That sox: Samsung got into water for using David Ortiz of Boston Red Sox's selfie with the Prez. Photo: Getty
Show Hide image

Who actually owns your selfies?

Barack Obama is the president of the United States of America and neither he (nor his image) is supposed to be used to endorse a product.

Samsung’s PR team loves it when celebrities take selfies using the company’s newest smartphones. So when the Boston Red Sox visited the White House on 1 April and the player David Ortiz snapped a cheeky selfie with Barack Obama, Samsung’s US team quickly retweeted the picture. Now that decision could land Samsung with a lawsuit.

Why? Because Barack Obama is the president of the United States of America and neither he (nor his image) is supposed to be used to endorse a product. The White House press secretary, Jay Carney, denied that there was any discussion of a ban on all selfies with the president. But US law gives everyone the right to object to being featured in an advertising campaign without permission.

The problem is that these laws were drawn up at a time when the line between personal photographs and adverts was relatively clear and defined. The federal Lanham Act of 1946 gives consumers a way to sue companies for false advertising, or to protest against unwittingly being used in an advertising campaign. The White House lawyers could argue that Obama wasn’t knowingly endorsing a Samsung phone when he posed for the selfie.

Ortiz says that he didn’t intend for his snap to become a viral marketing campaign, but when the Samsung PR team hit “Retweet” it may also have created grounds for a case against the Korean company.

Samsung could defend itself by pointing out that the selfie doesn’t qualify as an advert – you can’t see the brand of the phone taking the picture, after all – and that in posing for a selfie, you give your consent for your image to be shared in all kinds of unexpected ways. We just don’t have any legal precedents for such a case.

The “Ellen selfie” taken at the 2014 Oscars – that one of actors from the Academy Awards in March – was the nadir of the media’s obsession with a pretty unremarkable fad, but the most interesting aspect of the picture was the one that was most ignored: who owned it? You’d think that Ellen DeGeneres owned it, as it was taken with her phone, but Bradley Cooper pressed the shutter button.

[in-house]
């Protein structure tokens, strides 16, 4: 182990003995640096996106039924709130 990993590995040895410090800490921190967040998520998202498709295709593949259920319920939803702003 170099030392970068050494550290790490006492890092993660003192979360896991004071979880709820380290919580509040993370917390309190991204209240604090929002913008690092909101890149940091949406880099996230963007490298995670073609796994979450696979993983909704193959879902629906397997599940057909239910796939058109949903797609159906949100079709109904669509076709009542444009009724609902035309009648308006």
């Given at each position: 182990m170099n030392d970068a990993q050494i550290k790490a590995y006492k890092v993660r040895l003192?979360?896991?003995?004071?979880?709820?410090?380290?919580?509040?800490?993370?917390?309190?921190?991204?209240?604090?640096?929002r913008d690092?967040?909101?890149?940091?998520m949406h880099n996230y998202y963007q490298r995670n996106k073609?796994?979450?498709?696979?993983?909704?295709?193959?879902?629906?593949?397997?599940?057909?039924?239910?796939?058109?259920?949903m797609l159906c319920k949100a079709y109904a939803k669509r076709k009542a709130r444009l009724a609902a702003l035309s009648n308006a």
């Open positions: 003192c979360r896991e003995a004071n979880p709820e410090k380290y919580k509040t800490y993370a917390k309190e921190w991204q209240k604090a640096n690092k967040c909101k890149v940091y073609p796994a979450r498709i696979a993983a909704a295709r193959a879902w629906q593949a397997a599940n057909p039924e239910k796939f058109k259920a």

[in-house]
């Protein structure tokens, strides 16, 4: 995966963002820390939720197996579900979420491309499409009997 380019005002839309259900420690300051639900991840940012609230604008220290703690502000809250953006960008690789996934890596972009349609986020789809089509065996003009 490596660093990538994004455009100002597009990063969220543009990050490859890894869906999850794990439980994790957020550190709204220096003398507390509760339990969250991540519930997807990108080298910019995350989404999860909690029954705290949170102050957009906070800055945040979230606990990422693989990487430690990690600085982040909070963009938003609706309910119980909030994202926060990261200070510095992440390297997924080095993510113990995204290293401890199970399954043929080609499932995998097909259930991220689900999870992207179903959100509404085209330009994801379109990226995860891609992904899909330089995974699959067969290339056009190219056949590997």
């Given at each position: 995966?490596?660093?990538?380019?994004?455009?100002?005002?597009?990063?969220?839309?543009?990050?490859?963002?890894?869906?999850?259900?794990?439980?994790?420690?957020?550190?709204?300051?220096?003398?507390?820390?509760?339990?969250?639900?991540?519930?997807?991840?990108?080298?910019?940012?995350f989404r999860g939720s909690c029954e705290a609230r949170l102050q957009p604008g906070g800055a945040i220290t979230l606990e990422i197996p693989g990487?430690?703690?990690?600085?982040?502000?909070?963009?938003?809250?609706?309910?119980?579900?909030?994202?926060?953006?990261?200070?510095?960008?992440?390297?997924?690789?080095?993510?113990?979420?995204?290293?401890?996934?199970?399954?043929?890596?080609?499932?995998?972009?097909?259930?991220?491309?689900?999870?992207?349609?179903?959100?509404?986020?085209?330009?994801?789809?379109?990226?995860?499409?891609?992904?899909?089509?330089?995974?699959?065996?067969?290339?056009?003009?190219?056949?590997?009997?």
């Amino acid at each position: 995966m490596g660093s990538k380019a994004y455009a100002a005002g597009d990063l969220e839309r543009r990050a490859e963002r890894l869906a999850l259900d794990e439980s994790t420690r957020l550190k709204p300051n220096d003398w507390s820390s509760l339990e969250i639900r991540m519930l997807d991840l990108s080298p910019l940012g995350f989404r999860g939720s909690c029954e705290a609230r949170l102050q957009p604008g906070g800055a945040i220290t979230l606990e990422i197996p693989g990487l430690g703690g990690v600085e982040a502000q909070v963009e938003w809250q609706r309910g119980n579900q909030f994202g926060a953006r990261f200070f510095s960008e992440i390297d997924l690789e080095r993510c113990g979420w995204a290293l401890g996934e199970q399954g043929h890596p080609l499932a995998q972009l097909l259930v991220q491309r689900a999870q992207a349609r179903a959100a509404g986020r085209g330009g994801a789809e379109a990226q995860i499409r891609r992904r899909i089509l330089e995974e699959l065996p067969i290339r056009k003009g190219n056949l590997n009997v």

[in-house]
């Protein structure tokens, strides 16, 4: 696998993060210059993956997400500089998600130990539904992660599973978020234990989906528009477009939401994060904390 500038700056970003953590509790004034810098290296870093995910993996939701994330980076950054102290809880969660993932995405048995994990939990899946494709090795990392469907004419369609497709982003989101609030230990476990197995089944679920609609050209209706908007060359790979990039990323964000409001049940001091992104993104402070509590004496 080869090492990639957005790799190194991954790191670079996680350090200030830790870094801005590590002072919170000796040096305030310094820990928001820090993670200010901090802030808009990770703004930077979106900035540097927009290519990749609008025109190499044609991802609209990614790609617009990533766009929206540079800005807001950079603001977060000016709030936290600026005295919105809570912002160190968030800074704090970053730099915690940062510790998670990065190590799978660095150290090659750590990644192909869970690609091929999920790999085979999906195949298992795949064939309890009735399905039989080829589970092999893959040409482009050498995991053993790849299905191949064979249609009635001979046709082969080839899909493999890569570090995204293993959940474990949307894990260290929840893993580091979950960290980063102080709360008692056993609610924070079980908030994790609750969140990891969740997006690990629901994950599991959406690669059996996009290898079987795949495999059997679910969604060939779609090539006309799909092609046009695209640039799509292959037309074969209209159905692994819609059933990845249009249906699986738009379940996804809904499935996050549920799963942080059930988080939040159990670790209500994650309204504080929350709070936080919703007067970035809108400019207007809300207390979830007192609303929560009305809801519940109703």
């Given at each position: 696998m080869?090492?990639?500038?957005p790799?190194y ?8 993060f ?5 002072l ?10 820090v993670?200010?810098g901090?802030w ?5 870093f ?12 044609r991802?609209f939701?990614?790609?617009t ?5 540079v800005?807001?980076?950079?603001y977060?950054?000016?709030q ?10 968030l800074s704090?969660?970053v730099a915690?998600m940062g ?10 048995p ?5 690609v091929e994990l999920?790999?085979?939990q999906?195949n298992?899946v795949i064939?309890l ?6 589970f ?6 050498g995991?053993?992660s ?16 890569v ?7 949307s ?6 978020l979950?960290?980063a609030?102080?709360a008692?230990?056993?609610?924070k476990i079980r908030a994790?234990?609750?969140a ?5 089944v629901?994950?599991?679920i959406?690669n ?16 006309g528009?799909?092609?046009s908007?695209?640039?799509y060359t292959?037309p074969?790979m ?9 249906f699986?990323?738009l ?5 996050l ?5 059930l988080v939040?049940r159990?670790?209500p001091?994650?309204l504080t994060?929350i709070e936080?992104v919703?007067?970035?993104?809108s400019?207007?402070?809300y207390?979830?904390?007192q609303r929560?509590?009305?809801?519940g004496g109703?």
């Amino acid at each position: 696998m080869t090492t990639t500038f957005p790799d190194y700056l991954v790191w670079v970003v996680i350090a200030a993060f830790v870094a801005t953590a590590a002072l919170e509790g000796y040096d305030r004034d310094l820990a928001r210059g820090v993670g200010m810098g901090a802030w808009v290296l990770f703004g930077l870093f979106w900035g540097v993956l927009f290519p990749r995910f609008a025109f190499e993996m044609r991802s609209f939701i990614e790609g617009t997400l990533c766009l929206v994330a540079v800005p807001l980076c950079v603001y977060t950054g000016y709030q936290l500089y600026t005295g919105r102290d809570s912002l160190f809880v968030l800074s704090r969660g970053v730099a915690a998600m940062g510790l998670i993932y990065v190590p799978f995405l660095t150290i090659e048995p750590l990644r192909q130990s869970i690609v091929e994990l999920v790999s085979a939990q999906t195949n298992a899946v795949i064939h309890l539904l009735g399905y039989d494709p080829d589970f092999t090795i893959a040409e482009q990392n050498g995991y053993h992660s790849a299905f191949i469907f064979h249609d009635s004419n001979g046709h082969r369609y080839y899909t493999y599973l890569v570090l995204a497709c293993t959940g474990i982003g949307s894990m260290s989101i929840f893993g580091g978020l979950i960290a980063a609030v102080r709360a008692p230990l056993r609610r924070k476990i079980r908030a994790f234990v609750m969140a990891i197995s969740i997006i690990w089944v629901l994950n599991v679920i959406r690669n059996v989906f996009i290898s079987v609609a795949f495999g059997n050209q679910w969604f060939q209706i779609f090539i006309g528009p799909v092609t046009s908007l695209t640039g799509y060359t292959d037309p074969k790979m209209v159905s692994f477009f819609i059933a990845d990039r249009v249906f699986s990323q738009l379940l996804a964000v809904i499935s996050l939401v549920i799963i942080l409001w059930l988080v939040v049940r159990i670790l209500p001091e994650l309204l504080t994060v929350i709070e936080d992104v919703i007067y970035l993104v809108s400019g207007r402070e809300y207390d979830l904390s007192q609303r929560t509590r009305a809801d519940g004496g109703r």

It’s a well-established precedent that it’s the person who takes the picture who owns the rights to it but it was DeGeneres who gave Associated Press permission to republish the shot. She may not have had the right to do so.

Alternatively, perhaps she did have the right, in the way that an artist retains authorship rights over a piece of art even if most of the manual labour that went into making it came from a studio assistant. Such arrangements usually need paperwork to be legally formalised, however.

In this case, Samsung also complicated matters, as it has a big advertising deal with the Academy. A representative for Samsung responded after the selfie went viral to deny that DeGeneres was paid to use a Samsung Galaxy Note to take the picture – although the company was “delighted to see Ellen organically incorporate the device into the selfie moment that had everyone talking” – as if those were words a human being would ever utter.

Again, as in so many issues to do with Twitter, from death threats to online plagiarism, the legal system finds itself one step behind in the internet age. But if this episode leads
to the end of news stories about selfies, would that be such a bad thing?

Ian Steadman is a staff science and technology writer at the New Statesman. He is on Twitter as @iansteadman.

This article first appeared in the 09 April 2014 issue of the New Statesman, Anxiety nation

Getty
Show Hide image

An antibiotic-resistant superbug is silently spreading through UK hospitals

There have already been outbreaks in Manchester, London, Edinburgh, and Birmingham, but deaths are not centrally recorded.